In accordance with international human rights standards, and in particular in line with the provisions of the UN Convention on the Rights of the Child, custody for children should only be used as a last resort and for the minimum required period of time. International law stipulates that all efforts should be made to apply alternatives to detention to ensure that such a measure is only used in exceptional circumstances.
In Ireland, the Children Act 2001 recognizes the principle of detention as a last resort. The Act prohibits the imprisonment of children and the Criminal Justice Act 2006 amends the 2001 Act to make provision for all children less than 18 years of age to be detained in Children Detention Schools under the auspices of the Department of Justice, Equality and Law Reform. In 2007, responsibility for existing Children Detention Schools was transferred to the Irish Youth Justice Service, which, in turn, transferred to the Department of Children and Youth Affairs at the end of 2011.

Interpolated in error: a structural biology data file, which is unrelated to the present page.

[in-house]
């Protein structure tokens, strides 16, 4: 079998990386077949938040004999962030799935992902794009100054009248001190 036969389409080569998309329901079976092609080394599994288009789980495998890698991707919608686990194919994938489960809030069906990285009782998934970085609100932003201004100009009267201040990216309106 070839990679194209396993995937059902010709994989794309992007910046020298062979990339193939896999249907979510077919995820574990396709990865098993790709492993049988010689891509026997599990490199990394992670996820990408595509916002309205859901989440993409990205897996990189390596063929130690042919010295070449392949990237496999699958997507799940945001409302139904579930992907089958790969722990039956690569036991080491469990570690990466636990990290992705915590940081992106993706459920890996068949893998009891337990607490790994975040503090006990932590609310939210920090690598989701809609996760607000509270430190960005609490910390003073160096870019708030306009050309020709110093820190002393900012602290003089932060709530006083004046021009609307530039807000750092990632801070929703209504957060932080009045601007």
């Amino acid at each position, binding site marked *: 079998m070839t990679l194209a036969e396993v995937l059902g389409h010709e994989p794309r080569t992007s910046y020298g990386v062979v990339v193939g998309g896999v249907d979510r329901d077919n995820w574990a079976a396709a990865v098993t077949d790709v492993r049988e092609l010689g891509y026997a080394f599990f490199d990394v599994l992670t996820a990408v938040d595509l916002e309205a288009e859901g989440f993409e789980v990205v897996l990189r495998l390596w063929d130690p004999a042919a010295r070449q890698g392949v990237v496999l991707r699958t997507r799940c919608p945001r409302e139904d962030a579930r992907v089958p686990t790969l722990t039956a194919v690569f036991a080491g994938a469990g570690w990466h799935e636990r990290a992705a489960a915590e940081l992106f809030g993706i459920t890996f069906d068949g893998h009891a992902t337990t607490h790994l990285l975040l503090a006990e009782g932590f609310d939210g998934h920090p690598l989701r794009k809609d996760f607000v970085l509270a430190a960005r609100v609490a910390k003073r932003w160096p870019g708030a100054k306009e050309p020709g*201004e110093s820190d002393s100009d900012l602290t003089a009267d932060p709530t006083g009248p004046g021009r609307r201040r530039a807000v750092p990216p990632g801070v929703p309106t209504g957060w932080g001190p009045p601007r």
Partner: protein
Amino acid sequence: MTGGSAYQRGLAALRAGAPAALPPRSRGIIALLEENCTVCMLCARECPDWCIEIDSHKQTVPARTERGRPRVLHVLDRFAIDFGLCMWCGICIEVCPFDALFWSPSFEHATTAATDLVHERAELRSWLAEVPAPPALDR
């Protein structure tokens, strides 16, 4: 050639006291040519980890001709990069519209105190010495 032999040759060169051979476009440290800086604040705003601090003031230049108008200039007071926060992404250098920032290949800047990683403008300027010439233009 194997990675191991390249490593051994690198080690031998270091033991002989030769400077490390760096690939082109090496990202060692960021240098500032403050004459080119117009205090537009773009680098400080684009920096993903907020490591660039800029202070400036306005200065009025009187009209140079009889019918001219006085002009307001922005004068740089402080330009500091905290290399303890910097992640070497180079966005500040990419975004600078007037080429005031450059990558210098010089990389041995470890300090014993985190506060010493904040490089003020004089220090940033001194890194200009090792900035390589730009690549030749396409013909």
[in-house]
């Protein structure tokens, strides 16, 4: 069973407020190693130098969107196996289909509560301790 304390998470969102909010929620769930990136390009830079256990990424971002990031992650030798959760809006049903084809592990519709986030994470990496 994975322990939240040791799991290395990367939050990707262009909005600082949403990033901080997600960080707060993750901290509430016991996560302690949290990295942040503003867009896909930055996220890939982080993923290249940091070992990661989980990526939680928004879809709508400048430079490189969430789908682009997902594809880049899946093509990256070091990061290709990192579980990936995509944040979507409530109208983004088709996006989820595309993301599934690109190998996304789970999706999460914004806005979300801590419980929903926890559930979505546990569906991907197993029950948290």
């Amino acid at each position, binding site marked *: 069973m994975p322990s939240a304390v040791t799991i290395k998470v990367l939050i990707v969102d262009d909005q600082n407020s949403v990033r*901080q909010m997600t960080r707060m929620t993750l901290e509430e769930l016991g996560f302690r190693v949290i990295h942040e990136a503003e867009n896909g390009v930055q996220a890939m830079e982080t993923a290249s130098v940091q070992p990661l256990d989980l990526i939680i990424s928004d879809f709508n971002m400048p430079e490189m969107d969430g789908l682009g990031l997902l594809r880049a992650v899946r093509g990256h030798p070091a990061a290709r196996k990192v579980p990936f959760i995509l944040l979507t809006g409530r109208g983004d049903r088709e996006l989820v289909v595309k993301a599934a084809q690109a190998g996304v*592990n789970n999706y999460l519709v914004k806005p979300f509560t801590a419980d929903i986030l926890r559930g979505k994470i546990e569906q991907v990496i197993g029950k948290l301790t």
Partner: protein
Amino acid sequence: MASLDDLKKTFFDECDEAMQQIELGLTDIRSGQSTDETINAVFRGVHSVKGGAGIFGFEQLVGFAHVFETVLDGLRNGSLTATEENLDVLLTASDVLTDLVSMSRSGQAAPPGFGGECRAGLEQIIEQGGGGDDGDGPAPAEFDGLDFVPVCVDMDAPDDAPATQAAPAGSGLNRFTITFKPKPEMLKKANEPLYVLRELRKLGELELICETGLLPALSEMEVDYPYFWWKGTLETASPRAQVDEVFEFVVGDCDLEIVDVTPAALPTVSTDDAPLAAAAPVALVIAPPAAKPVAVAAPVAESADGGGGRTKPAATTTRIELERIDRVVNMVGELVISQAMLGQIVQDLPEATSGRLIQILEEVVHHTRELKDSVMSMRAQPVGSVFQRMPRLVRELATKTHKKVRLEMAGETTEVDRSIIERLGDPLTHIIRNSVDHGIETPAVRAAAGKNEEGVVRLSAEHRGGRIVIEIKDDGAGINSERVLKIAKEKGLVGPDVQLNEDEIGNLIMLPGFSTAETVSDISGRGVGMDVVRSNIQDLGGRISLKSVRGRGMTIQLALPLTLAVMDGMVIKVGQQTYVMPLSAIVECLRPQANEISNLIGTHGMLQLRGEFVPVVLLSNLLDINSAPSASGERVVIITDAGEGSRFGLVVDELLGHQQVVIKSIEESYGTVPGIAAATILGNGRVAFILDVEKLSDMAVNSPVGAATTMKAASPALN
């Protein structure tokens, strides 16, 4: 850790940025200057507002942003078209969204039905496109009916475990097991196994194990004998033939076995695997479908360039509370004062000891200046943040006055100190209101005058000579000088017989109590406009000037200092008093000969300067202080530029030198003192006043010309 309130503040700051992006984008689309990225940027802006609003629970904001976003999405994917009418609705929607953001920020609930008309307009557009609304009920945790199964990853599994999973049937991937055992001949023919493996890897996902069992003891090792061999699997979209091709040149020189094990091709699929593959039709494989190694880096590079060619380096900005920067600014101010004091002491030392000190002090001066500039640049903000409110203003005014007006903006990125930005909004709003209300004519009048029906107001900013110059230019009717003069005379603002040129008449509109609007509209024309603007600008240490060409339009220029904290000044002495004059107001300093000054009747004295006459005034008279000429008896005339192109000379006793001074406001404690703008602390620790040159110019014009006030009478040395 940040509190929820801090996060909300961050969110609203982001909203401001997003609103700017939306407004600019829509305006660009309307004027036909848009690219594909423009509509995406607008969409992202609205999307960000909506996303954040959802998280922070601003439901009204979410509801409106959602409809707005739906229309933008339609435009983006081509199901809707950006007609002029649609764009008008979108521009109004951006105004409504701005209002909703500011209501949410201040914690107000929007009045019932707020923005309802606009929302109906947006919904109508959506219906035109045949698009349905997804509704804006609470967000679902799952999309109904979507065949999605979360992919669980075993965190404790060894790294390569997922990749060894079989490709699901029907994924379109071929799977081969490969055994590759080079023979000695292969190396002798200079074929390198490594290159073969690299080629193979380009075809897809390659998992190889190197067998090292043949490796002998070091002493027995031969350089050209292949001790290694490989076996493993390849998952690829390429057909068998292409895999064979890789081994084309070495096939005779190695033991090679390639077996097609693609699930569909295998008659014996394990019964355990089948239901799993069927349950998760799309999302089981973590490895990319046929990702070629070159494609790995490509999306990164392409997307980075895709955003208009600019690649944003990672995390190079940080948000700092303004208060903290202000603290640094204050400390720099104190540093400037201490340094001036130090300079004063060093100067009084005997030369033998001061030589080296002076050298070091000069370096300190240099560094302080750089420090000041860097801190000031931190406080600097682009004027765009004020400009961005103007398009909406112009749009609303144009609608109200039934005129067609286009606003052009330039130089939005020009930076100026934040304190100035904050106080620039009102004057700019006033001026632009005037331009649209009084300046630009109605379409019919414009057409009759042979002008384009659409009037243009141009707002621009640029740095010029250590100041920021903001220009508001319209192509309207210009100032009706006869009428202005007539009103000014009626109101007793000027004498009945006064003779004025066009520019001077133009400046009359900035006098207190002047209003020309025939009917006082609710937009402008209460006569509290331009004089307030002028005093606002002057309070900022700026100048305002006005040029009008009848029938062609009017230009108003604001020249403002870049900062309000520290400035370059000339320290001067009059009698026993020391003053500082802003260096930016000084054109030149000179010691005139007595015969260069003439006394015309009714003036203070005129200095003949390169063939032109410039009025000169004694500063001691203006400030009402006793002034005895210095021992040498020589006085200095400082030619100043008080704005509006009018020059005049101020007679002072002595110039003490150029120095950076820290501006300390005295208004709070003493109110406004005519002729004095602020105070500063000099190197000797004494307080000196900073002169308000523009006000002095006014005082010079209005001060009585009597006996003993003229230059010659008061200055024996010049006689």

A vital part of IPRT's work has been to remove children over 16 years from St Patrick’s Institution, part of the prison system. The practice of detention of boys between 16 and 18 years of age in St. Patrick’s institution has been criticised by national and international organisations on a continuous basis.
In 2012, following years of sustained advocacy by many organisations, including IPRT, along with national and international bodies, the detention of boys aged under 17 at St Patrick's Insitution ended, with a commitment to end the detention of 17 year old boys in the prison by 2014.
We continue to work towards the change in this policy, and continue to engage in wider policy and practice issues relating to youth justice, such as provision of alternatives to detention, diversion and early intervention programs.